Imagine biting into a carrot freshly pulled out of the ground or eating a bowl of raspberries right after picking them. For people with their own gardens, nothing can be easier during growing season, but it is different for people living in places where gardening is impossible.
The Good Food Club helps grow food in several garden beds on the grounds of the Broadway Community Centre on Young Street. However, the organization does much more than just providing space for food to grow. Interactive programs for children, youth, and families help to teach them about where food comes from and what it takes to grow fruits and vegetables.
The farmers’ market is less about education than about getting fresh, high quality food onto people’s tables. Held at the Edward Carriere Community Rink on Young Street, the weekly farmers’ market starts on July 12 this year.
If the pattern follows previous years, the various items for sale will include, as the Direct Farms website notes, “honey, cheese, bread, jams and ferments, and arts & crafts” for people to try.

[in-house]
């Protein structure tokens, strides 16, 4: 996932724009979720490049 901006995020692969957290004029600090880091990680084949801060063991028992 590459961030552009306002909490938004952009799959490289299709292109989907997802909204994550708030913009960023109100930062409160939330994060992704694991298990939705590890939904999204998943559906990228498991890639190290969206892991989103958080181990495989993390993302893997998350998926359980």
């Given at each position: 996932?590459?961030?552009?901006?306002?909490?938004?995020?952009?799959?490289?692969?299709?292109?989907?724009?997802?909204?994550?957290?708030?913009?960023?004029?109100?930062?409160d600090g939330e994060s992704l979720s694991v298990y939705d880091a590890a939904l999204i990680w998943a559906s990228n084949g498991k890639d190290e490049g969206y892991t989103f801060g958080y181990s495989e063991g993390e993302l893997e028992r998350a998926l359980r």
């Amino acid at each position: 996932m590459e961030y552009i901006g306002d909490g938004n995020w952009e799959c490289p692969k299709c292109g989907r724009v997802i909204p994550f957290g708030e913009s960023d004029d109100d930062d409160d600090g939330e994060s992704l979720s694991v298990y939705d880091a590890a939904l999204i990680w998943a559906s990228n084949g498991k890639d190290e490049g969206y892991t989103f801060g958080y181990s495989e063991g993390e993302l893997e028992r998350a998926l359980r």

Offering these kinds of fresh foods is important. According to a University of Winnipeg study cited in Teghan Beaudette’s June 22, 2016 CBC article on hunger in Winnipeg, West Broadway is not an actual food desert but a food mirage, meaning that food is available nearby but often too expensive for the residents to buy.
The University of Winnipeg’s Institute of Urban Studies found that only thirteen of Winnipeg’s seventy-three supermarkets are located in the inner city. Even though many of these stores are within reasonable walking distance of the area, however, the residents still face the barrier of cost and the unavailability of certain items.
The farmers’ market and the Good Food Club offer two ways of alleviating this situation. Whether people want a unique selection of ingredients or they just need something nutritious to eat, the food initiatives in West Broadway are playing an important role in the community.